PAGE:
Belgian refugees at MGC Kindergarten
Every now and then I come across things in the archives that I just really like and want to share. The photo to the right, I found recently while looking for something completely different, is one of those items.
It’s a photo of children at the kindergarten which was attached to Maria Grey College, and was taken c1914 – 1915. Maria Grey College went on to become Brunel’s Twickenham campus, but back in 1914 it was situated in Brondesbury, London (the building later became Brondesbury and Kilburn High School).
What particularly struck me about this photo is that written on the back are the words “taken by Doris Adams 1914 – 1915. Belgian refugees in front”. I then went back through the folder of photos and was able to identify two more photos containing the same Belgian refugee children, in which they are playing in the playground and being read to, alongside their English classmates.
But what were these Belgian children doing in a kindergarten in London?
At the outbreak of WW1, hundreds of thousands of Belgian civilians fled the advancing German army. Archives relating to this exodus are patchy, but estimations of the numbers of Belgian refugees who arrived in Britain vary from between 225,000 and 265,000. On 14 October 1914 Folkestone saw the arrival of 16,000 Belgian refugees in a single day.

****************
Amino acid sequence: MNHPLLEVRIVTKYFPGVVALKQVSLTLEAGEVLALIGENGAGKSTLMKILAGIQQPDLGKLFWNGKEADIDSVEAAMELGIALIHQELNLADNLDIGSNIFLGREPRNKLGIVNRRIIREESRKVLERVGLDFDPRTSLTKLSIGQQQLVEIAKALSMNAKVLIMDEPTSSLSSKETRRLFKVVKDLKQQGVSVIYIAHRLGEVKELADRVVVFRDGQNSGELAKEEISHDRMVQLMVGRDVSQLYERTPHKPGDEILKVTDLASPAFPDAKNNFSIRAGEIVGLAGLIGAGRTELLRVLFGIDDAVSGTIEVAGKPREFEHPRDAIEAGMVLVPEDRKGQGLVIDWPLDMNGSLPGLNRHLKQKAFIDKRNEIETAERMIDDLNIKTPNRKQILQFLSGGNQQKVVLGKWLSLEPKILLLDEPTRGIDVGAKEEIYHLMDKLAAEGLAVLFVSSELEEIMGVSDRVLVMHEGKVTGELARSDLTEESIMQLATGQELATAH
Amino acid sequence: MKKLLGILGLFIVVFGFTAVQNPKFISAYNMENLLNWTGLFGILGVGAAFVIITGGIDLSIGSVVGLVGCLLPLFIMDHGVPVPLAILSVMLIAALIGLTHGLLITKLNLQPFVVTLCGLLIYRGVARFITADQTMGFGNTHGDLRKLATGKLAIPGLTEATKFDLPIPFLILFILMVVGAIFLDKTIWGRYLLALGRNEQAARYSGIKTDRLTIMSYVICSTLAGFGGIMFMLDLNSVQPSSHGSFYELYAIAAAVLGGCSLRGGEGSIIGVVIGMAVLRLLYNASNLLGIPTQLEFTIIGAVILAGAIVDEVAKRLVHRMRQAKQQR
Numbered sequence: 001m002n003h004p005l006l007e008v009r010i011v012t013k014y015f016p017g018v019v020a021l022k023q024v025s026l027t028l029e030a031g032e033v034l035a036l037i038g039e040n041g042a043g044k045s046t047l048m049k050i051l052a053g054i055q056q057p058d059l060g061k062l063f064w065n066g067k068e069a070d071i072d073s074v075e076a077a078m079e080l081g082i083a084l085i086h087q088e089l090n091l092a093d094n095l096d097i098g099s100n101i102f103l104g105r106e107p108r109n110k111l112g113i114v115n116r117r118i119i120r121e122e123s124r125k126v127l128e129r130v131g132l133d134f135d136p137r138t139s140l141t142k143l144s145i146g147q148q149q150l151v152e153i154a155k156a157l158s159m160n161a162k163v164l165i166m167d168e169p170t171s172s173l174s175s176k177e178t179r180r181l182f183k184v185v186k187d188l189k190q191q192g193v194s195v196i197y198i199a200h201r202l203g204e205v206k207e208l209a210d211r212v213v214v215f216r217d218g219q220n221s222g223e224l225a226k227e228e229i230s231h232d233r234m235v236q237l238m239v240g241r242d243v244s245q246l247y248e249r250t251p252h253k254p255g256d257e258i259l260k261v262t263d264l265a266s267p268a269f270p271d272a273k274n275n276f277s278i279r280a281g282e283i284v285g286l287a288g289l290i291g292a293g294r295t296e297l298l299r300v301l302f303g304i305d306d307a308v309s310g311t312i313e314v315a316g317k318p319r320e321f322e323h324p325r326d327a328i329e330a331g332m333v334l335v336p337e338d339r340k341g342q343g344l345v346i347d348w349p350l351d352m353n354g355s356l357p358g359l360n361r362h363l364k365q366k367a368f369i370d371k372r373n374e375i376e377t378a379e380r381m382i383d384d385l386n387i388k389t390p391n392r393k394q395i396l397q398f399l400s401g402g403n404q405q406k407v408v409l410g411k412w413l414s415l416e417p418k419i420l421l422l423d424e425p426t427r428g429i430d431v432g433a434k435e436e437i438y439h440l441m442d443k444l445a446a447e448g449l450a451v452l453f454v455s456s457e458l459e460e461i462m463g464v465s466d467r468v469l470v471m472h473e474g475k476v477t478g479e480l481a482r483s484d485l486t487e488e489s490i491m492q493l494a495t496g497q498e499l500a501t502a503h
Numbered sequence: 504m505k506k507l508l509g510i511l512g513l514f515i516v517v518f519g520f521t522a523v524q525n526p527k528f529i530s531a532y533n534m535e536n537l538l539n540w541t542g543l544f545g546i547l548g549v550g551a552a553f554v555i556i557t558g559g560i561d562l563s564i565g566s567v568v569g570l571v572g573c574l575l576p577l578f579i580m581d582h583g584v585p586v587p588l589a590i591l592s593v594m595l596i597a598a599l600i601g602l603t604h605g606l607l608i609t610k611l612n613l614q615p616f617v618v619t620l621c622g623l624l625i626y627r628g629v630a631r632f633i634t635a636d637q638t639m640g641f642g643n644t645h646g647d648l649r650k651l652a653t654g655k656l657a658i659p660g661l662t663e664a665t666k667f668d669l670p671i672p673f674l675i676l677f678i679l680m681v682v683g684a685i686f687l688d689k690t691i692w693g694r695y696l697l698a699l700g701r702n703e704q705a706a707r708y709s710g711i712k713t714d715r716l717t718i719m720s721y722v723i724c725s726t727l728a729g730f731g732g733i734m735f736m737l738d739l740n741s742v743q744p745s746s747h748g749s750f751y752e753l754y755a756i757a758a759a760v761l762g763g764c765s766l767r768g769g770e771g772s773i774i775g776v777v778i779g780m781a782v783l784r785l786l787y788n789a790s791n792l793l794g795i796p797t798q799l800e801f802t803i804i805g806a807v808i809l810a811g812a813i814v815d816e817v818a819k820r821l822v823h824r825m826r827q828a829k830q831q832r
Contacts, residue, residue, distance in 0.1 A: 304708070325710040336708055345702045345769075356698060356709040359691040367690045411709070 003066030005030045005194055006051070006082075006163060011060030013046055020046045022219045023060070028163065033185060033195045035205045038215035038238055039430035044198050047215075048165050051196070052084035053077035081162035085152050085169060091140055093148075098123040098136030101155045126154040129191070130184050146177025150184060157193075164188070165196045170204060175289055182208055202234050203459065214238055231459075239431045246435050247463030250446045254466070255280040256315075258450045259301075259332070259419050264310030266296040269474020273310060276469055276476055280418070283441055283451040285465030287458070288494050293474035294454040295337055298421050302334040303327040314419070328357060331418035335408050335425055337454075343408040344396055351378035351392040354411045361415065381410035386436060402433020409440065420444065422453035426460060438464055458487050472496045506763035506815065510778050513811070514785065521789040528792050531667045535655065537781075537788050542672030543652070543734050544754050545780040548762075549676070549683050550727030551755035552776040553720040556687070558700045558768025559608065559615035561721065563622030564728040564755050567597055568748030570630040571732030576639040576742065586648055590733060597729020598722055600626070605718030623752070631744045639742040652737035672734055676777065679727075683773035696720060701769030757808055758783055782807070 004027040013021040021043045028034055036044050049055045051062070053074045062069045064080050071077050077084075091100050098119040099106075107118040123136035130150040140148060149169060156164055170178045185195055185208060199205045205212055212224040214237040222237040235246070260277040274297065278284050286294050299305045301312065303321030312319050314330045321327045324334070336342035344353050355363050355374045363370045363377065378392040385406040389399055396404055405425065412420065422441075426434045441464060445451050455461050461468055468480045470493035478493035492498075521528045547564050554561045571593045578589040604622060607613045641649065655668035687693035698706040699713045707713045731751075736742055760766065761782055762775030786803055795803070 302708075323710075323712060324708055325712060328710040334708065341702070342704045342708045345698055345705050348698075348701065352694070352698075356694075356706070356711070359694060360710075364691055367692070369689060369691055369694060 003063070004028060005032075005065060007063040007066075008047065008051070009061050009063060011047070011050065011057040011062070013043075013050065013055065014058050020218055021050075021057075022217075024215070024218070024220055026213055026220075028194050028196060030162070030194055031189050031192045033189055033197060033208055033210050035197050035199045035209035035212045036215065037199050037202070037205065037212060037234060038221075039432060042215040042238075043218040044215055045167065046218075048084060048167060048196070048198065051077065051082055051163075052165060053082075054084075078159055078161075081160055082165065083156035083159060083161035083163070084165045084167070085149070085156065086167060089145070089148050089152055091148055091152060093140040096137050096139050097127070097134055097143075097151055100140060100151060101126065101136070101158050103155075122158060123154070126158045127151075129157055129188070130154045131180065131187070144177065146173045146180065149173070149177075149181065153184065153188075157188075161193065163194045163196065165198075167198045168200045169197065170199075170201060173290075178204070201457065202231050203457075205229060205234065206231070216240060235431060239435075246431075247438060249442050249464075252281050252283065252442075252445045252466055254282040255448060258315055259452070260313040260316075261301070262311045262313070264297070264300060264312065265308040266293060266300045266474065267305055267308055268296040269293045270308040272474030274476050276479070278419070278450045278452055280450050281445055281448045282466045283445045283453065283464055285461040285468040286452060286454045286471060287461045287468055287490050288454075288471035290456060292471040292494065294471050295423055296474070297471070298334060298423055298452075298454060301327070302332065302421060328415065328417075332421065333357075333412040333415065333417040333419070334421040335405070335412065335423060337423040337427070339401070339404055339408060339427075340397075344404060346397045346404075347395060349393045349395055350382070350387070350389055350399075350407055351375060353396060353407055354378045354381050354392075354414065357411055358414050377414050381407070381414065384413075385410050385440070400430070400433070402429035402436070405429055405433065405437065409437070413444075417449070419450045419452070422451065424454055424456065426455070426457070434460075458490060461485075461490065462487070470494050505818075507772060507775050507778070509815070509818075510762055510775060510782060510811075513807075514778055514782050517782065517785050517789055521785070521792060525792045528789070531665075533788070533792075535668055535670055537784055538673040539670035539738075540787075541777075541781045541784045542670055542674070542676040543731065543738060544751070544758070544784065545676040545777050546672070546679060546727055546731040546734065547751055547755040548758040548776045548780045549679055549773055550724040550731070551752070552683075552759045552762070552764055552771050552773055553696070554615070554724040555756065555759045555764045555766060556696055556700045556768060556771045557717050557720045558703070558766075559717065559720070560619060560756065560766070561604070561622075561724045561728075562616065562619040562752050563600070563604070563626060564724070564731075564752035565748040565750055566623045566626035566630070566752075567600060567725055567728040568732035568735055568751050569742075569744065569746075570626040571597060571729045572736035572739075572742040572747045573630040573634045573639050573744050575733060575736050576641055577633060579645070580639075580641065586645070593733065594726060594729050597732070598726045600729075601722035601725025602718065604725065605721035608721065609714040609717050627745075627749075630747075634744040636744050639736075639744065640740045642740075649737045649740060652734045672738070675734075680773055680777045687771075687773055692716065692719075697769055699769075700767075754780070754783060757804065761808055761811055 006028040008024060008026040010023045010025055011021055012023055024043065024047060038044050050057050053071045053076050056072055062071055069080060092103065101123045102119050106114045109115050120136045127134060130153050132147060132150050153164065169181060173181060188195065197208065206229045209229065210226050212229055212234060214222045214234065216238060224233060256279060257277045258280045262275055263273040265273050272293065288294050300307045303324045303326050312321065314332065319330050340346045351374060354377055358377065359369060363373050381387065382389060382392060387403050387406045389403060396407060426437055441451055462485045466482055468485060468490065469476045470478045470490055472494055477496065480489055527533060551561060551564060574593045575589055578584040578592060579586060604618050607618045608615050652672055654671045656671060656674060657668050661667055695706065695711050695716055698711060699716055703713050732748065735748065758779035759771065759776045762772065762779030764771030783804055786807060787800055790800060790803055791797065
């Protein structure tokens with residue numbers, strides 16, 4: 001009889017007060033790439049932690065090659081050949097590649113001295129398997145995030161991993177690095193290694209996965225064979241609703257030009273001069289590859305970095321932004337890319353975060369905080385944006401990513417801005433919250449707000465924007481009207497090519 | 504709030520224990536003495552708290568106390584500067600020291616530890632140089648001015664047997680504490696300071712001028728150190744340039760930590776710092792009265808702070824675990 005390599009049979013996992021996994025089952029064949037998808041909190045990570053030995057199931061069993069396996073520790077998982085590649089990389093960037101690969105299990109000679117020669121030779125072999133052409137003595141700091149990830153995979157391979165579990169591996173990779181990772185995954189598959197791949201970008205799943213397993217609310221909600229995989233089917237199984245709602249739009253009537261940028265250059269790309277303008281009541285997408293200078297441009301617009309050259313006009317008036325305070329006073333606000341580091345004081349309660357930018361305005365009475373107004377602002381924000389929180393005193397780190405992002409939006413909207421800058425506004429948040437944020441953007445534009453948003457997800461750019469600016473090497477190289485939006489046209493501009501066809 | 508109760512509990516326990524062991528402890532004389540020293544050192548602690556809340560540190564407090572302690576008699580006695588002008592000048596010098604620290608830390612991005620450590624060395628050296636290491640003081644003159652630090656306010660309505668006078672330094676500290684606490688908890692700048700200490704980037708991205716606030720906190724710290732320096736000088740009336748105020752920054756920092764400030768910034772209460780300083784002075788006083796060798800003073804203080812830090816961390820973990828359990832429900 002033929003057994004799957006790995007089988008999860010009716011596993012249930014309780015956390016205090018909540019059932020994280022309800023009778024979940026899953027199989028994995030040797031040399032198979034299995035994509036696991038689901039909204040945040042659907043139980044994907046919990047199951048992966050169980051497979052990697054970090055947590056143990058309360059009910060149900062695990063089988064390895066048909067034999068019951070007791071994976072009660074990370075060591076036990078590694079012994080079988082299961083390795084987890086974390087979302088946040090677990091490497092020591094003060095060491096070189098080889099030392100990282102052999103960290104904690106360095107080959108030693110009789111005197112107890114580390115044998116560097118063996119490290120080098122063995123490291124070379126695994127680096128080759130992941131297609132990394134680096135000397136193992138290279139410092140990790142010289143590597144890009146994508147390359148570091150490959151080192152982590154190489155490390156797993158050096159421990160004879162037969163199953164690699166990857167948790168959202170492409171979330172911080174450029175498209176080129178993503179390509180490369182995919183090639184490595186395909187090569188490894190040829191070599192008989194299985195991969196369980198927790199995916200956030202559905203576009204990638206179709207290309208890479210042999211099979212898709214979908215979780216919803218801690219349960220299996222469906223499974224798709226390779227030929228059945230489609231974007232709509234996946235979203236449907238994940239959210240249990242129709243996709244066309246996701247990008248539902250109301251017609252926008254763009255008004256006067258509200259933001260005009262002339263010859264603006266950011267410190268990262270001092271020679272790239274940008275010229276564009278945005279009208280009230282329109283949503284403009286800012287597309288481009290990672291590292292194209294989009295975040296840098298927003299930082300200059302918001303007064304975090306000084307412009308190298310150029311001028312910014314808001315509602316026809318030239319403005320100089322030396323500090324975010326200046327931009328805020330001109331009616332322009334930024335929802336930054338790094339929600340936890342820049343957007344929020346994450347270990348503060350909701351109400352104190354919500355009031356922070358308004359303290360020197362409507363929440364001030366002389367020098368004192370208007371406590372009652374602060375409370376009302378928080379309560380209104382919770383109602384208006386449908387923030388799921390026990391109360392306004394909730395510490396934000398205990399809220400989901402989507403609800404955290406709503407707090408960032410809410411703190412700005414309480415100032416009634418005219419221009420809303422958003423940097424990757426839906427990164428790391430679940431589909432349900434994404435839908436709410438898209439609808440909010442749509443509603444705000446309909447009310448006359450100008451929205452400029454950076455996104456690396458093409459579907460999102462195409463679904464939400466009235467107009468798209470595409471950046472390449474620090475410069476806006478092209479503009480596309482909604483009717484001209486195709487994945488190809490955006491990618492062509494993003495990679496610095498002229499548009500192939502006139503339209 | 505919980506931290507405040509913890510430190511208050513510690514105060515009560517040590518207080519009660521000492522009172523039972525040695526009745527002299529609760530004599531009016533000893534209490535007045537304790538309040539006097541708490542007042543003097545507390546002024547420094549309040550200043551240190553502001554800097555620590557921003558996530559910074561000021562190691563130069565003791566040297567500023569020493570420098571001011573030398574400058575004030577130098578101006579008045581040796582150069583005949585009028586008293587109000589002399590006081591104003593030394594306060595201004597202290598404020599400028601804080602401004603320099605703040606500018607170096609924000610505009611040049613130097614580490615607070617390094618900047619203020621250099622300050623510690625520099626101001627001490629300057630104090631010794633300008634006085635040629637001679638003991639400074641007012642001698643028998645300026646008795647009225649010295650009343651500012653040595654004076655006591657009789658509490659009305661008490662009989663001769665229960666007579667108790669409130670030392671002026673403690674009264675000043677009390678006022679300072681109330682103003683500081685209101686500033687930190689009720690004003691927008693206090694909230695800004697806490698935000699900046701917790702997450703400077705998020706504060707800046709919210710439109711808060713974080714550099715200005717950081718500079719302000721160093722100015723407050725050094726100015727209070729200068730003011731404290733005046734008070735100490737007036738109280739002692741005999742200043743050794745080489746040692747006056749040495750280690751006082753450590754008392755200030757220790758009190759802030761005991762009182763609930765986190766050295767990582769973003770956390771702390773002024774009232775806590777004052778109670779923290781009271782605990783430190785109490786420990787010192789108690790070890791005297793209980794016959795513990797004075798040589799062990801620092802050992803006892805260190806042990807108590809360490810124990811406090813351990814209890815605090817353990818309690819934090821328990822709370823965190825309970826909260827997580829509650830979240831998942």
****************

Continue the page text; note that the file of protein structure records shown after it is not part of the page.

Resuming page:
The War Refugees Committee coordinated a network of voluntary relief work. Within two weeks of publishing an appeal for accommodation, it had received 100,000 offers. More than 2,500 local committees, supported by local authorities, were set up across the country. Hundreds of charity initiatives and events were organised. The refugees were spread to localities across Britain and were given jobs and housed by local people.
It was the largest influx of refugees in British history, yet today there is very little evidence to show they were here at all.